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2 Scots pipers entertain Afghans at important security meeting 01 December 2010

The ANP provide food for local people at the security shura, after the Royal Highland Fusiliers had entertained with the bagpipes.

Scottish troops played an appreciated – and tuneful - supporting role when Colonel Abdul Sattar Noorzai, commanding officer of the 2nd Afghan National Police (ANP) Kandak, hosted a meeting for people in Lashkar Gah to discuss the local security situation.

The bagpipes are played as the shura concludes and the local Afghan people head home.The shura (a traditional Afghan public meeting) was held for those living along Helmand’s important Route 601. More than 180 attended, many more than at previous shuras, and of note were the long distances some people had travelled to attend.

The shura started and concluded with the bagpipes being played by the soldiers from the Royal Highland Fusiliers, 2nd Battalion The Royal Regiment of Scotland, who partner the 2nd Kandak ANP. The music was received with enthusiastic acclaim by the Afghan people.

Major Nick Wight-Boycott, Officer Commanding D Company, Royal Highland Fusiliers, explained: “The Afghans really appreciate the pipes, which represent the many similarities between the Pashtuns and the Scots.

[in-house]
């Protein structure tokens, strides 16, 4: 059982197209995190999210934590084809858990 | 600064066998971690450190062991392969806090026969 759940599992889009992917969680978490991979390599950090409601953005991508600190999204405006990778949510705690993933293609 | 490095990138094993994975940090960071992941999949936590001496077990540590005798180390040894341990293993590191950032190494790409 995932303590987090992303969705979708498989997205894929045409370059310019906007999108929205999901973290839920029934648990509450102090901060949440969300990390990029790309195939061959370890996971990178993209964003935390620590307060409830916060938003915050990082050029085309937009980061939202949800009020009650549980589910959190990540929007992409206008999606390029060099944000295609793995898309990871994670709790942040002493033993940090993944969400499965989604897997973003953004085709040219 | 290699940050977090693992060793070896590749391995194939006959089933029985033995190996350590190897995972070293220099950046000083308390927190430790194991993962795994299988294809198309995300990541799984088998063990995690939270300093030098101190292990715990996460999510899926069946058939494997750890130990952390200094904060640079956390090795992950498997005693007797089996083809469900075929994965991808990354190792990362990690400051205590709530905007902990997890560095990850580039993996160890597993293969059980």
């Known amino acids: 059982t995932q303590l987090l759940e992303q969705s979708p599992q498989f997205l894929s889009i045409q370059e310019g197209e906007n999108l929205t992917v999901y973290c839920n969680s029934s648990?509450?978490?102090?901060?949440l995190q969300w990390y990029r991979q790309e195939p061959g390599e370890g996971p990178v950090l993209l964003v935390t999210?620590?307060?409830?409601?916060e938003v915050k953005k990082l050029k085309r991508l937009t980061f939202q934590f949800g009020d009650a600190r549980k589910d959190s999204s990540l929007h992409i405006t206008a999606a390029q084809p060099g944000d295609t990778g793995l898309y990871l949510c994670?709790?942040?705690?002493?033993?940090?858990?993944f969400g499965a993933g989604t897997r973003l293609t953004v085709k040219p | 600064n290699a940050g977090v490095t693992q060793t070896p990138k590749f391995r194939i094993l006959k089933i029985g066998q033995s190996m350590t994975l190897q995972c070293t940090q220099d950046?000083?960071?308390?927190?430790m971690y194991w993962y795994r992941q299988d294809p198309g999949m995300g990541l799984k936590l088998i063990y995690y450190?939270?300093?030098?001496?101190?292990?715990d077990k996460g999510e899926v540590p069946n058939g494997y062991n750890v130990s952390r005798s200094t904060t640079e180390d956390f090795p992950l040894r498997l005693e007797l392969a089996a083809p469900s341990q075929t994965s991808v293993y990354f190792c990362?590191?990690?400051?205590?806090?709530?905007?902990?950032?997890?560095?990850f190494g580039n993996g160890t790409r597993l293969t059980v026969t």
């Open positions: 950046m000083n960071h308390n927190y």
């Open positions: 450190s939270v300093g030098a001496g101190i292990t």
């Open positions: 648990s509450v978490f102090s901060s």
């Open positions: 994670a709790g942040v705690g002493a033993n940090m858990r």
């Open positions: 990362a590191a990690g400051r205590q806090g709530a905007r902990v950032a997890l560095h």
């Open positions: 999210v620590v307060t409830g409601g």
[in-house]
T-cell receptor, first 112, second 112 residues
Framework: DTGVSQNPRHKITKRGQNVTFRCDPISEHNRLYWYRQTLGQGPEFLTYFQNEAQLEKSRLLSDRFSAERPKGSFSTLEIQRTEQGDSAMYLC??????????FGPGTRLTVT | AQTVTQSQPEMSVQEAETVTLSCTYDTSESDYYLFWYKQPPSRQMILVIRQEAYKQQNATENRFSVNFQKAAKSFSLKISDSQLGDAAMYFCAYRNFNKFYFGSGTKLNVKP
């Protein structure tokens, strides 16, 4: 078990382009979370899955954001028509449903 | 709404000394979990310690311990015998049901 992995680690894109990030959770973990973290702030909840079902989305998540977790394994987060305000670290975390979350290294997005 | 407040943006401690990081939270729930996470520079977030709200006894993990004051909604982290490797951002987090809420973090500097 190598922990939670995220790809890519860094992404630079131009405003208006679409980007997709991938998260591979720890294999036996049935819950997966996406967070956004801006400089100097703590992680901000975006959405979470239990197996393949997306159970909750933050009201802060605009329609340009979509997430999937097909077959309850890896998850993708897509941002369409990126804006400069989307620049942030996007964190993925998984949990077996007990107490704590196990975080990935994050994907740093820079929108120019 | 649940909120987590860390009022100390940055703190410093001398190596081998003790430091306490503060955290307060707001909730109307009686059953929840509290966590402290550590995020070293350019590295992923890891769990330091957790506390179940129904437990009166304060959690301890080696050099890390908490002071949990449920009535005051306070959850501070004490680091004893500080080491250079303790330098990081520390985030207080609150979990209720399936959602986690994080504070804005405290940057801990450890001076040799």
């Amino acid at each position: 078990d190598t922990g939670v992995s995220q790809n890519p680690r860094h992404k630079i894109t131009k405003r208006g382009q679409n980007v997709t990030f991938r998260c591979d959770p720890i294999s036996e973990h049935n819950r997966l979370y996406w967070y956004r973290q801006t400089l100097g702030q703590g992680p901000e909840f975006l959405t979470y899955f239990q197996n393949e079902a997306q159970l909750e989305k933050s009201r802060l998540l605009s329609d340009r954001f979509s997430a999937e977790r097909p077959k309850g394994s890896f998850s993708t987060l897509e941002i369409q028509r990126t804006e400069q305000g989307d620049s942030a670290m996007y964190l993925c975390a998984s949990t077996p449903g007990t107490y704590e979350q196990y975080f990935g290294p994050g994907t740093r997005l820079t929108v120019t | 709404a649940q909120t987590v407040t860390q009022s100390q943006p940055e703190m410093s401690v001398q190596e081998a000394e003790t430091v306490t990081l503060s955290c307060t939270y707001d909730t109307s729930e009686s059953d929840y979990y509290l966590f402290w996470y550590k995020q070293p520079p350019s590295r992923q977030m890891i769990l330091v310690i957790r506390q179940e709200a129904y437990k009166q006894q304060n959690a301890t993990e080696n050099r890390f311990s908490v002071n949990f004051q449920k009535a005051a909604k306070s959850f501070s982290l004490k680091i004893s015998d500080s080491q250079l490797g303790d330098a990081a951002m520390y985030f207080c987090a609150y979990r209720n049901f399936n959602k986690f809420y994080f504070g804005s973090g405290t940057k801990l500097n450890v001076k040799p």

"Both peoples come from mountainous countries where tribes or clans have been central to the fabric of the nation for generations.”

Colonel Sattar then opened the meeting, speaking about how the security situation was improving, but admitting there was still some way to go. He urged the people to reject the insurgents, whom he described as criminals. He also called on them to tell the police if they knew of insurgents planting IEDs so that he and his men could come and deal with them.

Encouraging sign

Following this Col Sattar emphasised to the local farmers that it was ‘haram’ (forbidden) for them to grow opium and that any grown would be eradicated. Then the locals had an opportunity to present their concerns to Col Sattar.

Major Wight-Boycott recalled: “Most of the feedback was positive, focussing on the improving security situation and the noticeable improvement in the performance of the Afghan police since better training has been introduced.

“There was one complaint – an allegation that the ANP had assaulted an individual and stolen some money. But although this caused concern, and Col Sattar promised to investigate thoroughly, equally it was seen as an encouraging sign that the man was able to come to the shura and expose this alleged wrongdoing without fear of retribution. “

After the Shura, there was an ineffective insurgent attempted to disrupt the dispersals by local nationals, but this quickly quelled by an ANP patrol.

Major Wight-Boycott added: “This was a very positive event with a good, encouraging atmosphere, and I was pleased to see the very positive reaction we and the ANP received from the locals.

"It was also great to be able to provide some entertainment with the bagpipes and see the Afghans enjoying the music!”